Individual investors can be hurt by trading fraud and manipulation, says Eleanor Blayney, consumer advocate for the Certified Financial Planner Board of Standards. And she says that is an important reason for vigilant government regulation of financial markets and service providers. "But this does not mean that the small investor should avoid investing in the stock or capital markets, or is destined 'to lose' to the big players," Blayney says.
She offers investors the following broad-stroke recommendations for participating in the markets:
- Focus on well-run, low-cost mutual funds where your money is part of a large investment pool. "The benchmark for low costs would be Vanguard mutual funds," Blayney says. "So I would advise comparing any mutual fund to the nearest counterpart at Vanguard. It's important to do an apples-to-apples comparison: index funds to index funds ... managed large-cap stock funds to other large-cap stock funds. Generally speaking, international funds and small-cap funds are going to have more expense-management fees than domestic large-cap funds. Index funds are going to be less expensive than managed funds."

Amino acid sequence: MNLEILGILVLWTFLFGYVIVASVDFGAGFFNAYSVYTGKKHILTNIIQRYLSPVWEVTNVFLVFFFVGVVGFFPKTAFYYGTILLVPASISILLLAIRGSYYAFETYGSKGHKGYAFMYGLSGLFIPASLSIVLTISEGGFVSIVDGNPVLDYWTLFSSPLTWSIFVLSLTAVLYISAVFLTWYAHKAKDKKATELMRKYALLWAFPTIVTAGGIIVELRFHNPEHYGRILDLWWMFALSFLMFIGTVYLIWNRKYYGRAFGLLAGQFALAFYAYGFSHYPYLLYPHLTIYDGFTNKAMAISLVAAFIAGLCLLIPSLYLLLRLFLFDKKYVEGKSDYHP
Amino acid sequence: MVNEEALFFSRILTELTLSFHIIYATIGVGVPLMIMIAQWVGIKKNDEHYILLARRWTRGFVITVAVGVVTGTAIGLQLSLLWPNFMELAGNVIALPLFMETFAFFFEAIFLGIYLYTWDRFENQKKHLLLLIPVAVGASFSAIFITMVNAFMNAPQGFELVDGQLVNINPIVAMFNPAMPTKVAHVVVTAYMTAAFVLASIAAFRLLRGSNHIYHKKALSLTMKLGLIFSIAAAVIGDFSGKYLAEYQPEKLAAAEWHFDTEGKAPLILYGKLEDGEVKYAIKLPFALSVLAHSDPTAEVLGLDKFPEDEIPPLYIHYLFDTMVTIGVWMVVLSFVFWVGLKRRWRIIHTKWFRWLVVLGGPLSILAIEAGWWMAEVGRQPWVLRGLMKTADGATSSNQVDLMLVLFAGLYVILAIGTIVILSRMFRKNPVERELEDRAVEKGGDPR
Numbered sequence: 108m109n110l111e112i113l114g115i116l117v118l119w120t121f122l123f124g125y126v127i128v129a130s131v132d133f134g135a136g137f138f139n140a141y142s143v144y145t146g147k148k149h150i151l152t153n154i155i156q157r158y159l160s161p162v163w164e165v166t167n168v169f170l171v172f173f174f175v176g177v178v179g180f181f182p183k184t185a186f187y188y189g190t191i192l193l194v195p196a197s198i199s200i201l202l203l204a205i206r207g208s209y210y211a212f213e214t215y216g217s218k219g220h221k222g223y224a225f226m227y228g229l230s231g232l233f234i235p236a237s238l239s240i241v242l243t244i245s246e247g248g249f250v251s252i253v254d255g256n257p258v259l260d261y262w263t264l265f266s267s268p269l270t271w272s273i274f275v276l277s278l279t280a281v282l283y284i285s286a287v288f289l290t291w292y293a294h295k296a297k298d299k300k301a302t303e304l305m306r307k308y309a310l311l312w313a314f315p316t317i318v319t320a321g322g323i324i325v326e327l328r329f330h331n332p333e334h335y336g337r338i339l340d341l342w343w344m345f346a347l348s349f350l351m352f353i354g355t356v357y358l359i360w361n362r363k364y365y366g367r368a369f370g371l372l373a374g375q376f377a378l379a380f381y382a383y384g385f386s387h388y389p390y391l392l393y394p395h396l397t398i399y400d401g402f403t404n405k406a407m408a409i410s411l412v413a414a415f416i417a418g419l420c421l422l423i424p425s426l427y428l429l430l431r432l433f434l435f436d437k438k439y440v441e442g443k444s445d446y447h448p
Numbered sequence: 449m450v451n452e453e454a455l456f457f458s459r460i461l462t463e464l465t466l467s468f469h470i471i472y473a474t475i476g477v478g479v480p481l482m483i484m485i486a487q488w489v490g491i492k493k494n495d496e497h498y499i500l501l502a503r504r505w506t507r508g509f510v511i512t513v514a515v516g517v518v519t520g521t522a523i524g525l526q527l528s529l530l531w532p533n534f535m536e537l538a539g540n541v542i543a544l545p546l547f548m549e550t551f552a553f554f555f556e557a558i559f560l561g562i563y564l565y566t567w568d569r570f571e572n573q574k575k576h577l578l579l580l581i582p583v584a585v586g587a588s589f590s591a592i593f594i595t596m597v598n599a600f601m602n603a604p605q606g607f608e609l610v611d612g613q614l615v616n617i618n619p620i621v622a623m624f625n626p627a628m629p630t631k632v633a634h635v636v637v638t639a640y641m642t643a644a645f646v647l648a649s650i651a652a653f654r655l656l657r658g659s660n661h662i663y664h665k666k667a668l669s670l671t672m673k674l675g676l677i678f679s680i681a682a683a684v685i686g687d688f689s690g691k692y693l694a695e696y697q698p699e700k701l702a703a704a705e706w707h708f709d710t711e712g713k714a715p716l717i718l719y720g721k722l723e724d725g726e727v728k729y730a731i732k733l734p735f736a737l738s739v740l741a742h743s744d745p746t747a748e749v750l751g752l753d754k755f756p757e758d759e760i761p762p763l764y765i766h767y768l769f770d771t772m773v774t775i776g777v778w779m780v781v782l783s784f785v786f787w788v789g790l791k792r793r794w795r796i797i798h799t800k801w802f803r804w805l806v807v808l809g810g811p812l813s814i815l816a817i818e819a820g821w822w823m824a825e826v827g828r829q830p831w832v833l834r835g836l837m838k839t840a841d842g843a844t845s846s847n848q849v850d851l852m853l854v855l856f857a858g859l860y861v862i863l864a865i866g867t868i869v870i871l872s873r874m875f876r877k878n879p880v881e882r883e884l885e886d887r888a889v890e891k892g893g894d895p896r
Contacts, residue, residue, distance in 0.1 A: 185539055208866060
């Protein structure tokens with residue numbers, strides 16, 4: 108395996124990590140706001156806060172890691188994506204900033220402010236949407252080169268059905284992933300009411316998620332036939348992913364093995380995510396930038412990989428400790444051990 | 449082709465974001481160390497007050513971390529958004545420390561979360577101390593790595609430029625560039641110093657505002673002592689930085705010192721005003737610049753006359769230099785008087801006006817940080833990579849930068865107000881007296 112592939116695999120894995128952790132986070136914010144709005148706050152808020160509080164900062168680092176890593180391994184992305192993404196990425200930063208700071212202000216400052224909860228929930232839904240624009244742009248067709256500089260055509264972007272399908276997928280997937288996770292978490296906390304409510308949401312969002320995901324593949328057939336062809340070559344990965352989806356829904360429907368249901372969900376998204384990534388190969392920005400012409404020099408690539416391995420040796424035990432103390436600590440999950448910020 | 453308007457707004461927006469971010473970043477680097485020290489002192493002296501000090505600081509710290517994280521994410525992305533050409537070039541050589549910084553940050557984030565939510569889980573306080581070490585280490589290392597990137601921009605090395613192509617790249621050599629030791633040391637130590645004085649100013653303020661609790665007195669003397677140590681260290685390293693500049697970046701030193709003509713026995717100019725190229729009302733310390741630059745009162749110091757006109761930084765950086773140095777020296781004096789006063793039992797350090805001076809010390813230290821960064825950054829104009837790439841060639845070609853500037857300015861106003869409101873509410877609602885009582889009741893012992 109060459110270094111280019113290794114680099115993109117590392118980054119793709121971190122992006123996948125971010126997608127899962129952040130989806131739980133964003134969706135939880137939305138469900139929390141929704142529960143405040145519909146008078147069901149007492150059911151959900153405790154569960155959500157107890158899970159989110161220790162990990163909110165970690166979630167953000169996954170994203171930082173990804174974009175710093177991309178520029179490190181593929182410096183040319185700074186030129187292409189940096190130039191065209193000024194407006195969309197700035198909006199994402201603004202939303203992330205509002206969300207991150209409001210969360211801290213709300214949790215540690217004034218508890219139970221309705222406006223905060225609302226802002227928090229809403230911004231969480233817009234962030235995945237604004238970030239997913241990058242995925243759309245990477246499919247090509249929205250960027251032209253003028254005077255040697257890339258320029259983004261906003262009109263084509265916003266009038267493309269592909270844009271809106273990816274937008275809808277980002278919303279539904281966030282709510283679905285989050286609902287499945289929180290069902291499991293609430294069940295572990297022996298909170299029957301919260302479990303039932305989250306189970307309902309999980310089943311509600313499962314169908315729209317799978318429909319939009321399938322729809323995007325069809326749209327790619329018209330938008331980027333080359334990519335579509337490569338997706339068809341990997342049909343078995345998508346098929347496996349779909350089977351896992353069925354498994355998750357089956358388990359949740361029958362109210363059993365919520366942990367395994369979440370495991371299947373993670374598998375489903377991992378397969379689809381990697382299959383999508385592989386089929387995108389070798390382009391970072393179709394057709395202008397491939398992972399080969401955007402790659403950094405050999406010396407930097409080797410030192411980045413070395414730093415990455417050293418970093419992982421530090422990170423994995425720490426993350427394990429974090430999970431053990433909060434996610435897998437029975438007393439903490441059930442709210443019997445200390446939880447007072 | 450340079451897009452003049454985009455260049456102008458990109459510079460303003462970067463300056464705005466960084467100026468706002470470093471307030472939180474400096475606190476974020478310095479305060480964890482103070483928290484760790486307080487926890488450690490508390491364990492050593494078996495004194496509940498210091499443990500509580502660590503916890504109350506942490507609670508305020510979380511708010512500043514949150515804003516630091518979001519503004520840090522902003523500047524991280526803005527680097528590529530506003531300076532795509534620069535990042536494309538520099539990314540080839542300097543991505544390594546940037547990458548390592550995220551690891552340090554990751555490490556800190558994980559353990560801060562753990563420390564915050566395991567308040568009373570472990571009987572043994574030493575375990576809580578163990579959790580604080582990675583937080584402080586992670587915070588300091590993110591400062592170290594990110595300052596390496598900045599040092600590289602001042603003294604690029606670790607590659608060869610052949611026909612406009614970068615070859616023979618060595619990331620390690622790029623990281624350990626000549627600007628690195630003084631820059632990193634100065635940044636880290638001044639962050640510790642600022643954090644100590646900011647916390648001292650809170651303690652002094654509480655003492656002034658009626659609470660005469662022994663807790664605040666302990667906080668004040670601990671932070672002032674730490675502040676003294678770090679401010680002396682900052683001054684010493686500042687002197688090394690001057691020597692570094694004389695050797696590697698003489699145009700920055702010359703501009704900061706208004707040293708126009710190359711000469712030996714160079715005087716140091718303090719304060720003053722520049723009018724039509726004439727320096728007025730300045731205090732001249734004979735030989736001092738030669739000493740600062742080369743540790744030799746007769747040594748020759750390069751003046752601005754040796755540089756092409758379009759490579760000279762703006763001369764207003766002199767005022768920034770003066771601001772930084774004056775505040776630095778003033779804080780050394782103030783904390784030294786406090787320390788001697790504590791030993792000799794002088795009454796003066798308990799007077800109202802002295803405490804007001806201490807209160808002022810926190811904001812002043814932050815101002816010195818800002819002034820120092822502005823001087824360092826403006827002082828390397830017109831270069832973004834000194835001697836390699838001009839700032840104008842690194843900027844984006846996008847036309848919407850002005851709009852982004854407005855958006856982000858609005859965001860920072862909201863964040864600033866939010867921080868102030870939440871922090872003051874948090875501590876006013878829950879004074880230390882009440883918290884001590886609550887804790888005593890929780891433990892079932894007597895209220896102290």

- Focus on index investing, where your returns reflect broad market movements, and not the performance or choices of a single individual or manager.
- Avoid any investment strategy that is not transparent or that you do not understand. Hedge funds are often "black boxes" to the average investor and therefore not appropriate.
[S]he also suggests working with a [CERTIFIED FINANCIAL PLANNER™] professional… someone who manages assets for clients and is an investment adviser, to develop an investment plan. "They are required to adhere to a fiduciary standard," she says. Read more >
May 13, 2011